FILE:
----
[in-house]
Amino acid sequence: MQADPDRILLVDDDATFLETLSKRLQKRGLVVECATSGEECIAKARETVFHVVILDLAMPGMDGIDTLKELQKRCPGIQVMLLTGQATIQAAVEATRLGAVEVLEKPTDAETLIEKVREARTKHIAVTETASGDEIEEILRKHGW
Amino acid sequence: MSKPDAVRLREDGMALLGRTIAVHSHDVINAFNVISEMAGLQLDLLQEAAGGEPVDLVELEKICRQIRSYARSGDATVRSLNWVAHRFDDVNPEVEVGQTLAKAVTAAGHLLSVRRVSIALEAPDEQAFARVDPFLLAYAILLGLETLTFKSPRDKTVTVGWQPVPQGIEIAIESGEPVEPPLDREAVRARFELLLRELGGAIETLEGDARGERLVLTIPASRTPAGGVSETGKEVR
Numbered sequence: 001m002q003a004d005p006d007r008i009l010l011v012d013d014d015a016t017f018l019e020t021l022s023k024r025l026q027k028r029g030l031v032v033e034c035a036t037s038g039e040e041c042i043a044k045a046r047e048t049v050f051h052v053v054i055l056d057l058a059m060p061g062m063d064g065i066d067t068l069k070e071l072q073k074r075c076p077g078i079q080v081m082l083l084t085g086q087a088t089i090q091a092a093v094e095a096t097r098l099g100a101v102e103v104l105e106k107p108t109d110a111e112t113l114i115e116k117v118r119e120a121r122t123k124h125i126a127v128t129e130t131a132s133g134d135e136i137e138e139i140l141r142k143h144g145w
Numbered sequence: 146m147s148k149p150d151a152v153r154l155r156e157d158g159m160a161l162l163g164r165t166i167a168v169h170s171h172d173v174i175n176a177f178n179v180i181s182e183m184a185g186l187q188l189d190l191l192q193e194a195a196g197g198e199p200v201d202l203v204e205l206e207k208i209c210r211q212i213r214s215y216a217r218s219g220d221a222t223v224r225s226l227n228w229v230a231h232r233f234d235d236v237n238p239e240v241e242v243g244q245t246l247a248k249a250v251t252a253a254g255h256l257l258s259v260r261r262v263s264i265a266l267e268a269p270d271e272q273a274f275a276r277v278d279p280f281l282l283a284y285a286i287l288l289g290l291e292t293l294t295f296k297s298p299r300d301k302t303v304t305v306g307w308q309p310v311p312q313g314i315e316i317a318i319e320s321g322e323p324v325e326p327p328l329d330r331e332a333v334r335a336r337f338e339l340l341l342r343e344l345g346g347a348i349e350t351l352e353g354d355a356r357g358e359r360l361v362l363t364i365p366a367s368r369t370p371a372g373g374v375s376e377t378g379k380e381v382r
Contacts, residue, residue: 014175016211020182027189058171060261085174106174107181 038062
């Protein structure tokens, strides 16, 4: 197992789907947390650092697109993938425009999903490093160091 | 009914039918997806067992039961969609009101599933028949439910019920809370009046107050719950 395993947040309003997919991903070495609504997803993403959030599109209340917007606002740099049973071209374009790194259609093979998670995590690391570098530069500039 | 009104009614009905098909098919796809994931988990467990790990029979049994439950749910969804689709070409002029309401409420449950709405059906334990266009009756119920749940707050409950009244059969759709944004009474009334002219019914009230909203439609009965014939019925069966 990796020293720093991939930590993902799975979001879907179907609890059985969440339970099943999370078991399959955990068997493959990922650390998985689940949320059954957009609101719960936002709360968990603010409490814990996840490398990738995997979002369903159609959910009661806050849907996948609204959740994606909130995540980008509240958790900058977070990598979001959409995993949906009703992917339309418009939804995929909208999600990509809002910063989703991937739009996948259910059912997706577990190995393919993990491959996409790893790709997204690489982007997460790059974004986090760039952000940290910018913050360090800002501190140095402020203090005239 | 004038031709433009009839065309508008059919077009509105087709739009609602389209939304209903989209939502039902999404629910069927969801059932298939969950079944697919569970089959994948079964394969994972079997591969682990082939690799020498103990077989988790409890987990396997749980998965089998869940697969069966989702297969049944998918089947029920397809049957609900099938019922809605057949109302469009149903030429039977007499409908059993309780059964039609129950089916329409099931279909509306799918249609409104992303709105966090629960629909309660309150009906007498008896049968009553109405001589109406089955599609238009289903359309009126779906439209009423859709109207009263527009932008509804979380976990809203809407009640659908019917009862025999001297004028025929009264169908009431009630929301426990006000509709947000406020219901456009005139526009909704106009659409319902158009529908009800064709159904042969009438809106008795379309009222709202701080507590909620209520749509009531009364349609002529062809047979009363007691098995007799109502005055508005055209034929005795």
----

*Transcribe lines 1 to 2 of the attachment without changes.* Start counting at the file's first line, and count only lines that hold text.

[in-house]
Amino acid sequence: MQADPDRILLVDDDATFLETLSKRLQKRGLVVECATSGEECIAKARETVFHVVILDLAMPGMDGIDTLKELQKRCPGIQVMLLTGQATIQAAVEATRLGAVEVLEKPTDAETLIEKVREARTKHIAVTETASGDEIEEILRKHGW